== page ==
The New York Times Style section really reached a new low this week, credulously spilling ink on a pair of “Bindle Brothers” who sell “locally-grown, naturally-fallen, artisanal bindle bags” for hundreds of dollars. The nerve of these clowns who…oh wait…
At this point the reader might be thinking, handmade bindles? Are you serious?
No, not really.
The Bindle Brothers are in fact the creation of Kemp Baldwin, a 33-year-old comedy writer and director.
Funnier than the website or the skit itself, is that the story has taken Twitter by storm, leading to a hailstorm of angry reactions from people who didn’t bother to read to the 10th paragraph before sharing on Twitter, along with a message about how Brooklyn has to be burned down or whatever. Come, let us tour the various shades of furious anger people let loose on this hoax: (more…)
A Times editor ponders the best cultural reference to insert into a story about Brooklyn
In 1883, the Brooklyn Bridge opened, in 1898 Brooklyn was incorporated into New York City, in 2012 the Nets came to Brooklyn and in April of that year borough’s first artisanal mayonnaise store finally opened. But none of those matter because the real marker of a new era of Brooklyn came two years ago when HBO dropped Girls into the world. At least that’s according to the New York Times, who have found the need to use the show as the defining cultural benchmark of modern Brooklyn, in stories about abusive landlords, political intrigue, bar reviews and last week’s story on middle class newcomers being priced out of Brooklyn. Despite the fact that Girls has only existed for 29 months, the show has popped up in 15 articles the Times has written about Brooklyn, proving that you can’t spell Brooklyn without G-I-R-L-S. (more…)
If you’re gonna be the Times’ music critic though, you need to know how old Lorde REALLY is. via Facebook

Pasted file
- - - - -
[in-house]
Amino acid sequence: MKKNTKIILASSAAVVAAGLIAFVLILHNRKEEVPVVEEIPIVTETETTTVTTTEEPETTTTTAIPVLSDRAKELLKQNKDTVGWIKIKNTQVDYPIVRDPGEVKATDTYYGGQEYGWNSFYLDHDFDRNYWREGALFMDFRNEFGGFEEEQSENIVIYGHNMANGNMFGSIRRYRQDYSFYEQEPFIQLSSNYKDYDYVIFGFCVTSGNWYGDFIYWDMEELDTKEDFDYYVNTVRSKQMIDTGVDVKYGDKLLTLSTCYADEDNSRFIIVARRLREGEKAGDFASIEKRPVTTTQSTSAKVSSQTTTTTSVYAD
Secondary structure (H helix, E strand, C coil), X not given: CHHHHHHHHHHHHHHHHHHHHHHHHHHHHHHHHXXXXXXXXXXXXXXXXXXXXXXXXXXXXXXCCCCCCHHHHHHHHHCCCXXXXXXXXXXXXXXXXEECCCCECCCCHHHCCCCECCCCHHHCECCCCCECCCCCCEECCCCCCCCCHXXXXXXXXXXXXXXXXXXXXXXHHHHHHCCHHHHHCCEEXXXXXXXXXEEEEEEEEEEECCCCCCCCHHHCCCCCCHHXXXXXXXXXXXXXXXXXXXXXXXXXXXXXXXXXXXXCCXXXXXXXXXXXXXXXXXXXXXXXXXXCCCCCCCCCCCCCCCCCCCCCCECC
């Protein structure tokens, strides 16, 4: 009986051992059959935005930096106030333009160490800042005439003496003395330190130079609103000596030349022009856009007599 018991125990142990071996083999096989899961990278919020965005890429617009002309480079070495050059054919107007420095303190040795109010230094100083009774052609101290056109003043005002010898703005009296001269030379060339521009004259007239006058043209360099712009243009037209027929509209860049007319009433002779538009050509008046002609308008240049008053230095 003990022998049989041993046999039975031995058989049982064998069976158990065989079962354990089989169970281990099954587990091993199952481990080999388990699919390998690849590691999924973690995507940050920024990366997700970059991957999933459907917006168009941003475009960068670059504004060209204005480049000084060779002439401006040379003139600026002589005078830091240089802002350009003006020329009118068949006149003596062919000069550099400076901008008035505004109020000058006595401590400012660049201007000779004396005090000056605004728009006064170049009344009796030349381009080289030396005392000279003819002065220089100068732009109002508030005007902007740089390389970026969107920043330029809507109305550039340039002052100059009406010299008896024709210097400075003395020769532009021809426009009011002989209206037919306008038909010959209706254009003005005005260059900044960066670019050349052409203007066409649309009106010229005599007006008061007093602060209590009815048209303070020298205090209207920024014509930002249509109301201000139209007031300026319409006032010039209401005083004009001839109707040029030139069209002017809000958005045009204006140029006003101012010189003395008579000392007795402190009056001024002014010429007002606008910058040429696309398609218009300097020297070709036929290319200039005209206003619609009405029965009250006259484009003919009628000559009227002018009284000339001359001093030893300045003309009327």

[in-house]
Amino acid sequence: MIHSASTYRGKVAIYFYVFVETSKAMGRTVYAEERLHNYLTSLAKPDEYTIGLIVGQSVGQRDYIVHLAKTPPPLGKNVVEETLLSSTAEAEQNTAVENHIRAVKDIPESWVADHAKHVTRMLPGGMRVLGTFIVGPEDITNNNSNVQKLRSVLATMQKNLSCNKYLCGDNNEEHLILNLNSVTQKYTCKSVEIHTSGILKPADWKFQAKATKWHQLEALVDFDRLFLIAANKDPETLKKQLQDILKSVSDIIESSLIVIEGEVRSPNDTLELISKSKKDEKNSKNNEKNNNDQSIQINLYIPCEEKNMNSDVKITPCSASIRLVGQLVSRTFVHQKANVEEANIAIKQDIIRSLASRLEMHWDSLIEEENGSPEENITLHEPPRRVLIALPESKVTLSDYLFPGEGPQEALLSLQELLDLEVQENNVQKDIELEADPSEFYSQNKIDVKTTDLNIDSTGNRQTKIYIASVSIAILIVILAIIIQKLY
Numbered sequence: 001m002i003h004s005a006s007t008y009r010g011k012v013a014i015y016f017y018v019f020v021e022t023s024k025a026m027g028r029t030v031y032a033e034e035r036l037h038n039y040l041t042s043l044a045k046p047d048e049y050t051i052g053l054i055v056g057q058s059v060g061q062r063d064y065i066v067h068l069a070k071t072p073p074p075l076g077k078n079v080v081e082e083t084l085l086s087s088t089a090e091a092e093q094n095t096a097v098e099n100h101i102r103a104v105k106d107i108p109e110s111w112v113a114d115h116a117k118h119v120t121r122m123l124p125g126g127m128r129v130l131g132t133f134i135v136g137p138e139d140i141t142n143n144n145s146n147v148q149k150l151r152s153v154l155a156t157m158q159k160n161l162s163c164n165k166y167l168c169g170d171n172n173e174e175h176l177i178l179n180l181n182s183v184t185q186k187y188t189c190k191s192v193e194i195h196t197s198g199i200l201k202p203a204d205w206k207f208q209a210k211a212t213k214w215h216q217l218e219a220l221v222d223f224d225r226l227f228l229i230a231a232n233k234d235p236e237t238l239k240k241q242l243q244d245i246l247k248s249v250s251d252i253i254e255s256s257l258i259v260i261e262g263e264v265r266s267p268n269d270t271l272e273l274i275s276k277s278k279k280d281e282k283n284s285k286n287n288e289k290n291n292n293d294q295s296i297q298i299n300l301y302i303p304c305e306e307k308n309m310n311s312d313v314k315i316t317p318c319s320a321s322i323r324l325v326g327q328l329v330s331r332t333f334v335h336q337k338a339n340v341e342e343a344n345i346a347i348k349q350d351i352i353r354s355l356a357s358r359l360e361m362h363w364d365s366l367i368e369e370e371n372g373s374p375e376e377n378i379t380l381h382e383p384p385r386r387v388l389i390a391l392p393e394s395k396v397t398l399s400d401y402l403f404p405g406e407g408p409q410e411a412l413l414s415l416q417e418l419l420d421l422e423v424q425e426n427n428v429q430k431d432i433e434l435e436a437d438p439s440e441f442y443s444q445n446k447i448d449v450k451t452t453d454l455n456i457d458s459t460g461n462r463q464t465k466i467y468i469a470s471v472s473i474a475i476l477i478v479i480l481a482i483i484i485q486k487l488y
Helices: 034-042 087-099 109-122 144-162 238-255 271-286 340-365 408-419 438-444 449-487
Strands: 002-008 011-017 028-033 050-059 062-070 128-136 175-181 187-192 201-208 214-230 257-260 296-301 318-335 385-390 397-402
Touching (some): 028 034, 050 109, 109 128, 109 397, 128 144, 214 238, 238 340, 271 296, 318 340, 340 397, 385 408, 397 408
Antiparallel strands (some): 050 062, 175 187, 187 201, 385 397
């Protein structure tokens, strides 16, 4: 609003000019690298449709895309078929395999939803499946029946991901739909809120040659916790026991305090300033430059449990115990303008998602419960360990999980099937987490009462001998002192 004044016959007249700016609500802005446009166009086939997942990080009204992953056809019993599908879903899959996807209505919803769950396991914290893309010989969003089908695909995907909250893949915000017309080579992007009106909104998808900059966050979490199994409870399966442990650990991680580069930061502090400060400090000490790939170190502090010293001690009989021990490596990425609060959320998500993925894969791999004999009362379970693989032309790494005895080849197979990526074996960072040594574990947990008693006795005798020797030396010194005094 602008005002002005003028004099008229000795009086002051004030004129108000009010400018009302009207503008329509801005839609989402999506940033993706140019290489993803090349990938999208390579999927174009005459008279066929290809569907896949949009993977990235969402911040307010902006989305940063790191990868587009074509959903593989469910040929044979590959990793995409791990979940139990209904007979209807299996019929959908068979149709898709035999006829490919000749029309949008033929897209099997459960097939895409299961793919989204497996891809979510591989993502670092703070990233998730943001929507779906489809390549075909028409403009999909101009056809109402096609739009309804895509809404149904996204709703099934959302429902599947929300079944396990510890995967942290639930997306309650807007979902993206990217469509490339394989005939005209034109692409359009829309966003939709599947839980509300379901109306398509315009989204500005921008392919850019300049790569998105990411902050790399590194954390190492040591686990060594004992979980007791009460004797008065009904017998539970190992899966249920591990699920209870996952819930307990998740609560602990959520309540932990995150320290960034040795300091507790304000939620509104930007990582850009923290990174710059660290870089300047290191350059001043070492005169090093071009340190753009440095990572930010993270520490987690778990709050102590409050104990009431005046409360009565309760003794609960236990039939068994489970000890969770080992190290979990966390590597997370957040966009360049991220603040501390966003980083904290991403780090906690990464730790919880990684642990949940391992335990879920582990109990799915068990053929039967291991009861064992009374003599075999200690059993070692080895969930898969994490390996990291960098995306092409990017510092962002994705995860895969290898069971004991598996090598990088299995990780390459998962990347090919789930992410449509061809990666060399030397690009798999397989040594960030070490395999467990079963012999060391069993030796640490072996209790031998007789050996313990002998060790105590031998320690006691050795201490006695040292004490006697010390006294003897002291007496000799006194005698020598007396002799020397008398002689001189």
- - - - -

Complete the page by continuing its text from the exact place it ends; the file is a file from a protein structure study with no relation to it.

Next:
You’ve been arguing about the merits of musicians with people since you were an insufferable precocious child breaking down why Menudo was better than New Kids on the Block, and you’re still at it today writing Lana Del Rey think pieces in your spare time. Instead of doing this for free though, now you can get paid for it as the New York Times new pop music reporter. A job where you’re paid to be an insufferable music snob? It’s like Heaven. (more…)
Coffee. New York loves coffee and the Timesis ON it. There’s nothing wrong with an article looking at the rise of people around here appreciating coffee and the response to it in the market. There is however, something wrong with the Times then publishing an interactive map letting you know where to get great coffee and leaving out huge swathes of Brooklyn that aren’t Williamsburg. Sounds like someone is getting a loogie in their latte if they come to Bed-Stuy. (more…)
Can you sell people on ponying up to see Deron Williams’ busted ankles? The Nets have a job for you. via Facebook
Hey, you know what? You’re a pretty awesome person. Capable, focused, nice haircut, beloved by pets and senior citizens alike, you’ve got it all. So, the question is, why are you still working at that job that you hate so much? Well, the answer is because you haven’t read this awesome list of kick-ass, up-for-grabs jobs that we’ve scoured the Internet to compile. Let’s remedy that, shall we? (more…)
Rumor has it you can hear the papers scream as they make their way through the plant.